2. Split the data into two parts. You can see it as a train and test split. Appropriately choosing the ratio of train/test sets is very critical. This ratio is one of the hyperparameter that needs to be tuned according to the data size. I have numbers for a specific set of sizes in my repo.

3. Train multiple machine learning or deep learning models on the training set. For the sake of speed, it’s better to use machine learning models. However, if your problem requires the deep learning model, you can still do it. By parallelizing the training, you can speed up the training easily. Because each training and prediction is independent from each other, parallelizing the system will help you, if you desire a faster system and results.

4. Predict the labels of the test set using the trained models on the training set. It’s important to set a high confidence level for the predictions, because we want to maintain the ability to exclude mislabeled data points sneaking into our training set. A 90% works perfectly fine. Do not play with it. Kidding, you can play with it. For regression problems, keep the prediction as it is.

5. Keep track of each prediction for each data point. You can simply store the predictions in a hash map (or a dictionary for python lovers). After the whole process; for each record in your dataset, you will have predictions slightly less then repetition size you have selected. Repetition size? Next one.

6. Repeat the steps from 1 to 5, for N number of times. N, the aforementioned repetition size, is another parameter you can play with. Keeping it to minimum 500 is a good practice for the health of the system according to the experiments I run on several numbers. Remember, this is the Monte Carlo simulation part. A very fancy name.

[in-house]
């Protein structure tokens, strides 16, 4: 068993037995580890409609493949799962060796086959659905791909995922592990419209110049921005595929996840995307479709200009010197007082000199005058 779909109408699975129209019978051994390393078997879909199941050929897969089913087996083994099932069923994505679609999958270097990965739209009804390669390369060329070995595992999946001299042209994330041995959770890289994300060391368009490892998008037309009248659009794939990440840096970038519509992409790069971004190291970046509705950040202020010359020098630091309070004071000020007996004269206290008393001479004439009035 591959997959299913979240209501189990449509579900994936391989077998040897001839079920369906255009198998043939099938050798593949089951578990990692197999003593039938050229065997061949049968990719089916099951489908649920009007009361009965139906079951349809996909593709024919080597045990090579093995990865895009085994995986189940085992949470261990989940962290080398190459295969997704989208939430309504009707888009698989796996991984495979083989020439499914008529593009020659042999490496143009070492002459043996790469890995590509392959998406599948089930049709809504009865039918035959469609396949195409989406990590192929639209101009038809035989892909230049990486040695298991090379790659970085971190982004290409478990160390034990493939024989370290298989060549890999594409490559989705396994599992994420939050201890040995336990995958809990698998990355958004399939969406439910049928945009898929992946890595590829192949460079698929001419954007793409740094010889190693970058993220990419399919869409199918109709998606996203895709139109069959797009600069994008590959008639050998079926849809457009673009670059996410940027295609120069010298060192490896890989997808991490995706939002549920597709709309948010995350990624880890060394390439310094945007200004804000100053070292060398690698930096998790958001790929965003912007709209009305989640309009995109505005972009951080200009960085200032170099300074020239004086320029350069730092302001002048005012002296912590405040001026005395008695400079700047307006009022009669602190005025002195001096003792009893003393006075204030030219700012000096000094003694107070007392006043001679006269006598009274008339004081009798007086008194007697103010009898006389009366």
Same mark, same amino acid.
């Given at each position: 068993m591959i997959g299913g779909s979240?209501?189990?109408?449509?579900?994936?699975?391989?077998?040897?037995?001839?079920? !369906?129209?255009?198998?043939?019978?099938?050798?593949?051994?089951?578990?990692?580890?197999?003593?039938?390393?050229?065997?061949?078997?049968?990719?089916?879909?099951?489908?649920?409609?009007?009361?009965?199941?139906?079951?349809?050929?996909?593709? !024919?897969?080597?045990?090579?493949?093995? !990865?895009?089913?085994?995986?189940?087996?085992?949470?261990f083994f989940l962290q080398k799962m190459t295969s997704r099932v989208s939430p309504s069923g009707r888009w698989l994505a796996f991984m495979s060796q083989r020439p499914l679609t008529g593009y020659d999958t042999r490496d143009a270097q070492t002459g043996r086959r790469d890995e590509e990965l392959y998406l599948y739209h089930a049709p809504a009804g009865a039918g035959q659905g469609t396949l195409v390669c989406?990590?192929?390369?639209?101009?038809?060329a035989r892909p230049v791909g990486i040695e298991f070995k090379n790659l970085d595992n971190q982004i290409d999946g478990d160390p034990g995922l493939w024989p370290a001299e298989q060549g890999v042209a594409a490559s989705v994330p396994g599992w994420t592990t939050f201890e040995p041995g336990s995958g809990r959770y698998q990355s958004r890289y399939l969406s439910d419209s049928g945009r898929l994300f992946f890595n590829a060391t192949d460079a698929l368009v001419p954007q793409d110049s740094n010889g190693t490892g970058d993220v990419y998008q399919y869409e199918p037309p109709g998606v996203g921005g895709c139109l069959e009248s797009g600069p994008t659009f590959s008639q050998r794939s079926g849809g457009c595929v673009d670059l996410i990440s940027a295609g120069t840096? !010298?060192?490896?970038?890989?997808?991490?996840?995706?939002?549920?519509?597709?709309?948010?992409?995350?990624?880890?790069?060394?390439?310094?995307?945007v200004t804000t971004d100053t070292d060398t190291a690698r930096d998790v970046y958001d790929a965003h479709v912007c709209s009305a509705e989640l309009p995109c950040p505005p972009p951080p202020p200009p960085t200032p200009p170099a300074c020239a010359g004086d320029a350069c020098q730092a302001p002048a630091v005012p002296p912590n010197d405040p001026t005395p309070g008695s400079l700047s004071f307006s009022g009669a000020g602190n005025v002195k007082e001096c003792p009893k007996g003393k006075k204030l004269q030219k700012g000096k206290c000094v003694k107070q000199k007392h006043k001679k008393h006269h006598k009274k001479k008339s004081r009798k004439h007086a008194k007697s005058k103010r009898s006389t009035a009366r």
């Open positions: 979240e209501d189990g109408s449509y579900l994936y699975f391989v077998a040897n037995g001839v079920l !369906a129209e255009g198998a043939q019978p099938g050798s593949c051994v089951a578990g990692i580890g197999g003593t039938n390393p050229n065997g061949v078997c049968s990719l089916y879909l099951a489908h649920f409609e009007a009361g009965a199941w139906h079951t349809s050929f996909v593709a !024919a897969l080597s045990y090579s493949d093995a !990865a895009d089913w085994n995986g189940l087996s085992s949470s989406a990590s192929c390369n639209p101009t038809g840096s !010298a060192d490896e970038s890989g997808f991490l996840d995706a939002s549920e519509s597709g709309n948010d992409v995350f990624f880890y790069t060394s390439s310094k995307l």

7. Either for regression or classification problem or datasets prepared for regression or classification, steps 1 to 6 same. After step 6, regression and classification goes in different directions.

8. For discrete labels, , dataset prepared for classification: for each data point, get the most frequent label from the prediction results. For example, if you are classifying cats and dogs… duh! That’s too boring! Everybody is using cats and dogs. Let’s go big; I have a great model for alien vs. human classification, let’s say you are also classifying aliens and humans. You will have a set of predictions for each data point. For the data point “Jar Jar Binks” the alien/human predictions may look as follow;

Jar Jar Binks : [alien, alien, alien, human, alien, alien…] Simply get the majority of the vote as random forest does. In this example, the data point which classified as an alien. Jar Jar Binks looks like an alien for this epoch.

In this step, you can set the threshold according to sensitivity of the dataset. For example, if dataset is coming from medical area, setting the threshold high and say accept the results agrees on %80 of the time.

9. For continues labels, dataset prepared for regression: calculate the average of the predictions. For example:
[20, 30, 40, 30] average is 30.

In this step, threshold level can be set according to sensitivity of the dataset. If we don’t want to make wrong any data point, get the mode of the predictions instead of the median.

10. In your dataset, replace response variables with the result of this epoch.

11. Repeat the steps from 1 to 10 for M number of epochs. Important point is, for each epoch, start with the corrected dataset and feed corrected dataset in to the system .

12. Finally, take the previous and new dataset after running this system to your boss and ask for a promotion.

I hope you were able to follow these steps clearly and can now implement the system easily by yourself. Wait! Why do you need to implement it by yourself? Somebody should be implemented it for you, here.

If you are reading this sentence, it means you found this article interesting and useful, which makes me happy. Thank you.